Photons Missing In Action

Started Nov 24, 2009 | Discussions thread
OP MOD Marianne Oelund Veteran Member • Posts: 7,869
Part 1: Lens T-stops

In photography, we generally use the f-stop of a lens to tell us how bright our images will be. Using f-stops to compare the brightness of our various lens options would be perfectly accurate, if it were not for variations in lens transmission efficiency. A convenient way to include the effect of light loss in a lens, is to use T-stops (transmission stops), which are equivalent to the f-stop of a lossless lens that projects the same image brightness.

Some people like to estimate this, by counting the number of air-to-glass transitions in the lens design, and applying a "reasonable" loss factor for each. As it turns out, this can be wildly inaccurate. There is no substitute for actual measurement.

All of these test results are for the green channel only, as that makes up the greatest share of the apparent image brightness. Measurements were made at the center of the image, thus do not include any vignetting effects. Red and blue channel data was also collected, but this will not be discussed until part 3, about lens color cast.

When using autoexposure, the camera's metering takes account of light losses in the lens, so this information is not relevant to metering errors or issues unless you use an external meter. It simply tells you how close your lens comes to its ideal image brightness. You will see that the values span a surprising range, from as high as 96%, down to less than 70%.

For each lens, I give the measured green-channel transmission efficiency in percent, and then the lens T-stop. For example, an f/4 lens with an efficiency of 85% has a T-stop of 4/SQRT(0.85) = 4.34, so its T-stop is written T/4.34. In making these calculations for lenses with nominal f-stops which are not integers, I used the following 3-digit values for the base f-stop: 1.41 for f/1.4; 1.78 for f/1.8; 2.83 for f/2.8; 3.56 for f/3.5.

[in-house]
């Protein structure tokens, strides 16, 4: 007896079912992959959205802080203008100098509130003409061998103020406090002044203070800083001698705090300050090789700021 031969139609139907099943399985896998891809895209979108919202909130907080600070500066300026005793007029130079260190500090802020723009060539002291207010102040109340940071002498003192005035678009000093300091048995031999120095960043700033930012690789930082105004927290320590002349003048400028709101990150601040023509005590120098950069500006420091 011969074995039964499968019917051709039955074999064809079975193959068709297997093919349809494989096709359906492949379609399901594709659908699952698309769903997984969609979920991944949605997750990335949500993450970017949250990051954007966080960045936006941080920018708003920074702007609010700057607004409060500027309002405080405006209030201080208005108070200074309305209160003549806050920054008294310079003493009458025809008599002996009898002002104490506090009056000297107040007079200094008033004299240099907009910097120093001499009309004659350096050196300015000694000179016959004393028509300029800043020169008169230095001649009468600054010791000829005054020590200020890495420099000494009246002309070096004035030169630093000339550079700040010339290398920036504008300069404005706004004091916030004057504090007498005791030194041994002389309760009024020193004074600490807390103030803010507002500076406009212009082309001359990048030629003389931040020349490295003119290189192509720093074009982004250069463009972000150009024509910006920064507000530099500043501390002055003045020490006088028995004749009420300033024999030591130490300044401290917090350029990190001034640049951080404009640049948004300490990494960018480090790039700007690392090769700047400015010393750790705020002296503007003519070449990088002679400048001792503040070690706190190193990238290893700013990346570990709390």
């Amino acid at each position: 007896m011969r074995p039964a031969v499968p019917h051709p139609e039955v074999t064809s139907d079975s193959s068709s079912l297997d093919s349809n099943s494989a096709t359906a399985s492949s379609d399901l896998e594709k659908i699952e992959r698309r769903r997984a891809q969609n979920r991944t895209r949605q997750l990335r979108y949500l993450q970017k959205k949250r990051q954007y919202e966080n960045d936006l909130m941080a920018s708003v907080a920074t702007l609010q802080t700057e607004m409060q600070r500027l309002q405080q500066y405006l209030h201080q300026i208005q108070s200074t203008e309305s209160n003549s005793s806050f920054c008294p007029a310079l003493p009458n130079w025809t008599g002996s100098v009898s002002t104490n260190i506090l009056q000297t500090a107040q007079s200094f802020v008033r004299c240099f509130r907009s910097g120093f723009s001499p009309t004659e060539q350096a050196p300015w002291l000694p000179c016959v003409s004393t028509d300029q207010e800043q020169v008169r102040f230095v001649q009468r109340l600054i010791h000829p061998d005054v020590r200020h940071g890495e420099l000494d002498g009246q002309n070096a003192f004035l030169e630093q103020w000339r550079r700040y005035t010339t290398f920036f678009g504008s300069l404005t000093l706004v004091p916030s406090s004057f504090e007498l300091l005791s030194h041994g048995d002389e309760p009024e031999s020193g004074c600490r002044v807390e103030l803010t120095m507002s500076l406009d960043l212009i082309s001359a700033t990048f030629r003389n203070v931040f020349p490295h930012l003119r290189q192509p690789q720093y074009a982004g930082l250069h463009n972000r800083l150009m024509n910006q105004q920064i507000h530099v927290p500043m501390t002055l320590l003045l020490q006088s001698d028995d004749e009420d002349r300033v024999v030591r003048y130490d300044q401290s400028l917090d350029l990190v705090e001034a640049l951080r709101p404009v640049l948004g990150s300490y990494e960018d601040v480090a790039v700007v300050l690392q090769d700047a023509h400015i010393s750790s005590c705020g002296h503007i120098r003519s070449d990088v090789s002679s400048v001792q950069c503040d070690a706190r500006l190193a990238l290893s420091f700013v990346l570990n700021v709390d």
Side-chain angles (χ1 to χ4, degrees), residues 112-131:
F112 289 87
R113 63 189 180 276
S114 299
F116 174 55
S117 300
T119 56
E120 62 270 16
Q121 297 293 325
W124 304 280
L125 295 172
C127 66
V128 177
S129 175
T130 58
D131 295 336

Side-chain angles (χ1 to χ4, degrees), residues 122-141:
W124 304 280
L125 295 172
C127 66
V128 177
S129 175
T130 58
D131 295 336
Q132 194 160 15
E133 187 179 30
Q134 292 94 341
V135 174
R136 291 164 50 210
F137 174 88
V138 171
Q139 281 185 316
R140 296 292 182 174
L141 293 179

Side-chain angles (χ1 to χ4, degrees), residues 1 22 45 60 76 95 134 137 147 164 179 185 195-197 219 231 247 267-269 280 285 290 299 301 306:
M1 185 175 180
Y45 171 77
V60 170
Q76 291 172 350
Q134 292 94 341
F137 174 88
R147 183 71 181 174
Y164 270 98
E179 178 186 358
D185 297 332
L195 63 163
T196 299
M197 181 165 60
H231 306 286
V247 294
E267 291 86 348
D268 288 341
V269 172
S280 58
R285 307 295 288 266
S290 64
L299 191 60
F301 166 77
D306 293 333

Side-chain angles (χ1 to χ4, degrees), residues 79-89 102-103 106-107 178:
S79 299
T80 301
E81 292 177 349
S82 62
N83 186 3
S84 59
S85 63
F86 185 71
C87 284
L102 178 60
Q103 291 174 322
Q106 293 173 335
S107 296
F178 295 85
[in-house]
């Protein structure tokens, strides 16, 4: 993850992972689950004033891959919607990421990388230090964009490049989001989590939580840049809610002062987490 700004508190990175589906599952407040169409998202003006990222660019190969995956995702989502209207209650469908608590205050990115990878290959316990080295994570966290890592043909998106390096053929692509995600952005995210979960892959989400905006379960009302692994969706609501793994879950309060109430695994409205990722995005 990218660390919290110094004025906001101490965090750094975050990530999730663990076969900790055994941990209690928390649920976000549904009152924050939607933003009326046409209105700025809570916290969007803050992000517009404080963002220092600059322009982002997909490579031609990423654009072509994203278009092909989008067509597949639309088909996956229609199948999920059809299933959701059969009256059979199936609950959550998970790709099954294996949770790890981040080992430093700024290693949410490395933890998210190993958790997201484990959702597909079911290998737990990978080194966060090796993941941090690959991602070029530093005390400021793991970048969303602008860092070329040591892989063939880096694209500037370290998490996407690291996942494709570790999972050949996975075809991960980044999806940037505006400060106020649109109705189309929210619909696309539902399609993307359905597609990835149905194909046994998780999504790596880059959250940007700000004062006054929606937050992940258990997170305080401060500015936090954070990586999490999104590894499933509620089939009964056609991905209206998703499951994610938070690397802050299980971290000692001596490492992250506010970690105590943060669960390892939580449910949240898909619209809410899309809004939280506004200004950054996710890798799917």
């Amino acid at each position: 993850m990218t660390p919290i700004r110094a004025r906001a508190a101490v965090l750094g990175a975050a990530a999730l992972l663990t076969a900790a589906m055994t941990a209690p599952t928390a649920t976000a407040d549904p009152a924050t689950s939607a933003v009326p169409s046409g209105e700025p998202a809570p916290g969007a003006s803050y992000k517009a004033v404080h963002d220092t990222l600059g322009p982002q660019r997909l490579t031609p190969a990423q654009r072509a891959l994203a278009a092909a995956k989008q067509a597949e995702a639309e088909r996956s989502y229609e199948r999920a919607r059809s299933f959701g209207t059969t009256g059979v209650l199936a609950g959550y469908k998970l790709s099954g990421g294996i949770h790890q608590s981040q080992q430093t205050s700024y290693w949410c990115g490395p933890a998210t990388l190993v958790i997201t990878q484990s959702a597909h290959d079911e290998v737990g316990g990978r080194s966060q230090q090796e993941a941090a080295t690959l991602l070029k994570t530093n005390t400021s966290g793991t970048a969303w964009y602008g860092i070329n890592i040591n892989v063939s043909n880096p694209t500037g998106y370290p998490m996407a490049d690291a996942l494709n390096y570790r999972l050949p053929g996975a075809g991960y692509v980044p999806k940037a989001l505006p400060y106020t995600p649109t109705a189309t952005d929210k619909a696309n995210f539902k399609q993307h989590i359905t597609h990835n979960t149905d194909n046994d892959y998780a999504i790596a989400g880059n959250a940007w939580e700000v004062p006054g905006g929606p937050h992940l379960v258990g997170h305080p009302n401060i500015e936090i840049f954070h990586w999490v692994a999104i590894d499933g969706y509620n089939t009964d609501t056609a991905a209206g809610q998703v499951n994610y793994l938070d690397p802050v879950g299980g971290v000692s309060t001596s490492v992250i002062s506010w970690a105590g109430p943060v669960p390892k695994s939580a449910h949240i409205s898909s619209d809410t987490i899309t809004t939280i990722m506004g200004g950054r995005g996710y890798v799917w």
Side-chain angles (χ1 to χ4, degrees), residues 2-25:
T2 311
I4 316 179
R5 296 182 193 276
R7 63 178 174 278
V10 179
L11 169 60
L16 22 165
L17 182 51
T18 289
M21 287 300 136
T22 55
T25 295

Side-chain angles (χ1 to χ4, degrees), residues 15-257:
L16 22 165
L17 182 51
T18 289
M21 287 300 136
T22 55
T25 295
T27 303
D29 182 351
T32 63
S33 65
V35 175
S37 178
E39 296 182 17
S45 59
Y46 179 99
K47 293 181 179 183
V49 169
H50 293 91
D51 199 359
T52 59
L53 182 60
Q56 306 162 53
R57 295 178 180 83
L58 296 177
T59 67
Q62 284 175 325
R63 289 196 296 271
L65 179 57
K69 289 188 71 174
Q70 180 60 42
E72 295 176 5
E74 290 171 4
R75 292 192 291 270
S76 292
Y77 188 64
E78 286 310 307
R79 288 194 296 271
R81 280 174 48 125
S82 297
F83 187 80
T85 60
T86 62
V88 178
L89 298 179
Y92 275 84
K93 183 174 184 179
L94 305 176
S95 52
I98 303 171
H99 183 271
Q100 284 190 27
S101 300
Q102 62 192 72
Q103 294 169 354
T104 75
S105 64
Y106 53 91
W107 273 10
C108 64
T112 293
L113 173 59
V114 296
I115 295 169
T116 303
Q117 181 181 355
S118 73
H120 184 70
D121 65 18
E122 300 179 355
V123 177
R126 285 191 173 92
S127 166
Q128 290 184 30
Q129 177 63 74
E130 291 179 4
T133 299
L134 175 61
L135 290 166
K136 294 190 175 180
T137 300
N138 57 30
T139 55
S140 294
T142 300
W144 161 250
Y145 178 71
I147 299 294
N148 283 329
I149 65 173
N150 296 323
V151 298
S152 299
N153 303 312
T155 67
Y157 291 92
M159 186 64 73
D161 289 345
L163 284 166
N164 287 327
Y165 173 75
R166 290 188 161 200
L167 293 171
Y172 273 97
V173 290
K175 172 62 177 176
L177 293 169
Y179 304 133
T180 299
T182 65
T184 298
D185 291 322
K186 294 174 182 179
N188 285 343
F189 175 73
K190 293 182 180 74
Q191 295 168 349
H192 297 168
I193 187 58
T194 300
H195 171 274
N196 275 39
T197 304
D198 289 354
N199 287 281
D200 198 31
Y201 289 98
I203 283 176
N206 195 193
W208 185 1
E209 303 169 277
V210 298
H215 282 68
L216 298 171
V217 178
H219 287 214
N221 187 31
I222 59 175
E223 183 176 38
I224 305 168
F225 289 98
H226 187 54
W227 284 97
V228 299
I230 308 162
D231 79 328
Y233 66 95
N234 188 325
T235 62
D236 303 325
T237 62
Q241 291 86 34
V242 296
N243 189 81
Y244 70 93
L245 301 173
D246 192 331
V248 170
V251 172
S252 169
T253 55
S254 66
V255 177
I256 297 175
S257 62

Prime Lenses

AF DX 10.5mm f/2.8D: 85%, T/3.08
AF 14mm f/2.8D: 74%, T/3.29
AIS 28mm f/2: 83%, T/2.19
Zeiss ZF 35mm f/2: 85%, T/2.17
AF 35mm f/2D: 92%, T/2.09
PC-E 45mm f/2.8: 90%, T/2.99
AIS 50mm f/1.8: 95%, T/1.83
AF 50mm f/1.4D: 91%, T/1.48
AF-S 50mm f/1.4G: 91%, T/1.48
AF Micro 60mm f/2.8D: 83%, T/3.11
Hartblei 65mm f/3.5 T/S: 96%, T/3.62
AF 85mm f/1.8D: 81%, T/1.97
AF Micro 105mm f/2.8D: 82%, T/3.13
AF 135mm f/2D DC: 86%, T/2.16
AF-S 200mm f/2G VR: 79%, T/2.24
AF-S 400mm f/2.8G VR: 76%, T/3.25

Zoom Lenses

AF-S 14-24mm f/2.8G: 90%, T/2.99 (meas. at 20mm)
AF-S 17-35mm f/2.8D: 88%, T/3.01 (meas. at 24mm)
AF-S 24-70mm f/2.8G: 88%, T/3.02 (meas. at 50mm)
AF-S 24-85mm f/3.5-4.5G: 83%, T/4.39 (meas. at 35mm f/4 nominal)
AF-S 28-70mm f/2.8D: 80%, T/3.16 (meas. at 50mm)
AF 35-135mm f/3.5-4.5D: 72%, T/4.73 (meas. at 66mm f/4 nominal)
AF-S 70-200mm f/2.8G VR 1: 70%, T/3.38 (meas. at 200mm)
AF-S 70-200mm f/2.8G VR 1 plus TC-14: 67%, T/4.90
AF-S 80-200mm f/2.8D: 70%, T/3.39 (meas. at 200mm)
Sigma 120-300mm f/2.8: 72%, T/3.34 (meas. at 200mm)
AF-S 200-400mm f/4G VR: 61%, T/5.11 (meas. at 300mm)

I suspect that last entry may cause some shock, but yes it's true, our $6K f/4 lens is only T/5.1. As consolation, it's extremely color accurate, as you will see later.

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